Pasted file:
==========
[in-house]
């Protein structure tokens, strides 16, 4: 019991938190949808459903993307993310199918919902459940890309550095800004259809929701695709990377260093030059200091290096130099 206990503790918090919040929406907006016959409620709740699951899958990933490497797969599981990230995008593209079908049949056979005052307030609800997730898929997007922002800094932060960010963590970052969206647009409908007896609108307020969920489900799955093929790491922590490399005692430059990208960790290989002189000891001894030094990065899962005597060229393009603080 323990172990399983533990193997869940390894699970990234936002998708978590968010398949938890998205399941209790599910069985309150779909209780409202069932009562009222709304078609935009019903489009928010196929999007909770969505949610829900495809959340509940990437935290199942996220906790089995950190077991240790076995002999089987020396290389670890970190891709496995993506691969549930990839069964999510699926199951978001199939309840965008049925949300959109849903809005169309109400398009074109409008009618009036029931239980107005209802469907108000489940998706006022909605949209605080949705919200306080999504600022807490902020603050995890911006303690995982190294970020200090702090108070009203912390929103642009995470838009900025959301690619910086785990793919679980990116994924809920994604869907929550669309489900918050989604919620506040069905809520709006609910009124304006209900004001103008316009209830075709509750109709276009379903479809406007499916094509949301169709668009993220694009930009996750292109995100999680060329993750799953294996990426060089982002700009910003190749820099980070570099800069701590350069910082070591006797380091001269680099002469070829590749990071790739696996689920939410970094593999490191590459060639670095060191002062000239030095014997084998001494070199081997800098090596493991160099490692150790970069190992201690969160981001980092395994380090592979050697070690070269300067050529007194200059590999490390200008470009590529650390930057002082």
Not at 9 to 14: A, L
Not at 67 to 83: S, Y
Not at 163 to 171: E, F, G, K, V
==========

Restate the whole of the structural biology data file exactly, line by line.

[in-house]
């Protein structure tokens, strides 16, 4: 019991938190949808459903993307993310199918919902459940890309550095800004259809929701695709990377260093030059200091290096130099 206990503790918090919040929406907006016959409620709740699951899958990933490497797969599981990230995008593209079908049949056979005052307030609800997730898929997007922002800094932060960010963590970052969206647009409908007896609108307020969920489900799955093929790491922590490399005692430059990208960790290989002189000891001894030094990065899962005597060229393009603080 323990172990399983533990193997869940390894699970990234936002998708978590968010398949938890998205399941209790599910069985309150779909209780409202069932009562009222709304078609935009019903489009928010196929999007909770969505949610829900495809959340509940990437935290199942996220906790089995950190077991240790076995002999089987020396290389670890970190891709496995993506691969549930990839069964999510699926199951978001199939309840965008049925949300959109849903809005169309109400398009074109409008009618009036029931239980107005209802469907108000489940998706006022909605949209605080949705919200306080999504600022807490902020603050995890911006303690995982190294970020200090702090108070009203912390929103642009995470838009900025959301690619910086785990793919679980990116994924809920994604869907929550669309489900918050989604919620506040069905809520709006609910009124304006209900004001103008316009209830075709509750109709276009379903479809406007499916094509949301169709668009993220694009930009996750292109995100999680060329993750799953294996990426060089982002700009910003190749820099980070570099800069701590350069910082070591006797380091001269680099002469070829590749990071790739696996689920939410970094593999490191590459060639670095060191002062000239030095014997084998001494070199081997800098090596493991160099490692150790970069190992201690969160981001980092395994380090592979050697070690070269300067050529007194200059590999490390200008470009590529650390930057002082």
Not at 9 to 14: A, L
Not at 67 to 83: S, Y
Not at 163 to 171: E, F, G, K, V